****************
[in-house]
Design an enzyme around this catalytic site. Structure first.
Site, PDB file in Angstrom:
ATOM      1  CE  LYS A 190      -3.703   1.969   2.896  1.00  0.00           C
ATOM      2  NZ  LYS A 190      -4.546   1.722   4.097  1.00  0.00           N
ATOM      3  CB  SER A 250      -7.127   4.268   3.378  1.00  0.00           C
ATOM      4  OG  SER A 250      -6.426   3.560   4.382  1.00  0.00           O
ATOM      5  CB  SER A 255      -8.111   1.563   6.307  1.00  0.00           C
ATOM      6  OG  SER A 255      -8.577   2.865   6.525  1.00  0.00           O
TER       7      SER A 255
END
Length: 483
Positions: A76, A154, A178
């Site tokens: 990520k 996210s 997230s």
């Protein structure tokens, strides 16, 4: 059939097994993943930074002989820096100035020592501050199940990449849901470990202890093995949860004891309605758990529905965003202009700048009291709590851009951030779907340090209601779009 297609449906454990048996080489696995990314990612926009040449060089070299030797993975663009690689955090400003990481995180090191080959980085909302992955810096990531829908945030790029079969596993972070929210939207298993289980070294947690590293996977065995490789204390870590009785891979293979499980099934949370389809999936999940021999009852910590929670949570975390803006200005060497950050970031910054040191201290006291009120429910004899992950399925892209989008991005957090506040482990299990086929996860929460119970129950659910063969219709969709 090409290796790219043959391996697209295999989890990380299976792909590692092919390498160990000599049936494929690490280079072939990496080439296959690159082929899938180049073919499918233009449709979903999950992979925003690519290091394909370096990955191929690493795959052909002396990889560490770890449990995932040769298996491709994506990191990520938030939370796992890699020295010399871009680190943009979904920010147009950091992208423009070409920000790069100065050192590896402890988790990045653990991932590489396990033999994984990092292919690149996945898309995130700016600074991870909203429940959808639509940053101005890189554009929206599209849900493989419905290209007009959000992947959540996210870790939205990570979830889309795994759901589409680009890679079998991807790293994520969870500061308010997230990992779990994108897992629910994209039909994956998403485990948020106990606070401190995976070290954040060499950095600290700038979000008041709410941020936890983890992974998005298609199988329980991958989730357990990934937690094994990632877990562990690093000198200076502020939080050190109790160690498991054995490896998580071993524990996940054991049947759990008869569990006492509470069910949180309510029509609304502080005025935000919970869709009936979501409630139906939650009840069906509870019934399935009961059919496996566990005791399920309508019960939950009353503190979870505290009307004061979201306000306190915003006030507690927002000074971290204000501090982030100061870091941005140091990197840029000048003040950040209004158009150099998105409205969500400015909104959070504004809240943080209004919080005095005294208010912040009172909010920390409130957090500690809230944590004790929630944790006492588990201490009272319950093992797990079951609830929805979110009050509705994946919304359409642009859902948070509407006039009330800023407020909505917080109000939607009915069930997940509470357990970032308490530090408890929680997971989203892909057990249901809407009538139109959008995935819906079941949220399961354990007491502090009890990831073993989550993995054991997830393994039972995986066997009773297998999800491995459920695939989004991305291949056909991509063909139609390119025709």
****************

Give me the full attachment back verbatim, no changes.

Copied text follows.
[in-house]
Design an enzyme around this catalytic site. Structure first.
Site, PDB file in Angstrom:
ATOM      1  CE  LYS A 190      -3.703   1.969   2.896  1.00  0.00           C
ATOM      2  NZ  LYS A 190      -4.546   1.722   4.097  1.00  0.00           N
ATOM      3  CB  SER A 250      -7.127   4.268   3.378  1.00  0.00           C
ATOM      4  OG  SER A 250      -6.426   3.560   4.382  1.00  0.00           O
ATOM      5  CB  SER A 255      -8.111   1.563   6.307  1.00  0.00           C
ATOM      6  OG  SER A 255      -8.577   2.865   6.525  1.00  0.00           O
TER       7      SER A 255
END
Length: 483
Positions: A76, A154, A178
């Site tokens: 990520k 996210s 997230s």
């Protein structure tokens, strides 16, 4: 059939097994993943930074002989820096100035020592501050199940990449849901470990202890093995949860004891309605758990529905965003202009700048009291709590851009951030779907340090209601779009 297609449906454990048996080489696995990314990612926009040449060089070299030797993975663009690689955090400003990481995180090191080959980085909302992955810096990531829908945030790029079969596993972070929210939207298993289980070294947690590293996977065995490789204390870590009785891979293979499980099934949370389809999936999940021999009852910590929670949570975390803006200005060497950050970031910054040191201290006291009120429910004899992950399925892209989008991005957090506040482990299990086929996860929460119970129950659910063969219709969709 090409290796790219043959391996697209295999989890990380299976792909590692092919390498160990000599049936494929690490280079072939990496080439296959690159082929899938180049073919499918233009449709979903999950992979925003690519290091394909370096990955191929690493795959052909002396990889560490770890449990995932040769298996491709994506990191990520938030939370796992890699020295010399871009680190943009979904920010147009950091992208423009070409920000790069100065050192590896402890988790990045653990991932590489396990033999994984990092292919690149996945898309995130700016600074991870909203429940959808639509940053101005890189554009929206599209849900493989419905290209007009959000992947959540996210870790939205990570979830889309795994759901589409680009890679079998991807790293994520969870500061308010997230990992779990994108897992629910994209039909994956998403485990948020106990606070401190995976070290954040060499950095600290700038979000008041709410941020936890983890992974998005298609199988329980991958989730357990990934937690094994990632877990562990690093000198200076502020939080050190109790160690498991054995490896998580071993524990996940054991049947759990008869569990006492509470069910949180309510029509609304502080005025935000919970869709009936979501409630139906939650009840069906509870019934399935009961059919496996566990005791399920309508019960939950009353503190979870505290009307004061979201306000306190915003006030507690927002000074971290204000501090982030100061870091941005140091990197840029000048003040950040209004158009150099998105409205969500400015909104959070504004809240943080209004919080005095005294208010912040009172909010920390409130957090500690809230944590004790929630944790006492588990201490009272319950093992797990079951609830929805979110009050509705994946919304359409642009859902948070509407006039009330800023407020909505917080109000939607009915069930997940509470357990970032308490530090408890929680997971989203892909057990249901809407009538139109959008995935819906079941949220399961354990007491502090009890990831073993989550993995054991997830393994039972995986066997009773297998999800491995459920695939989004991305291949056909991509063909139609390119025709």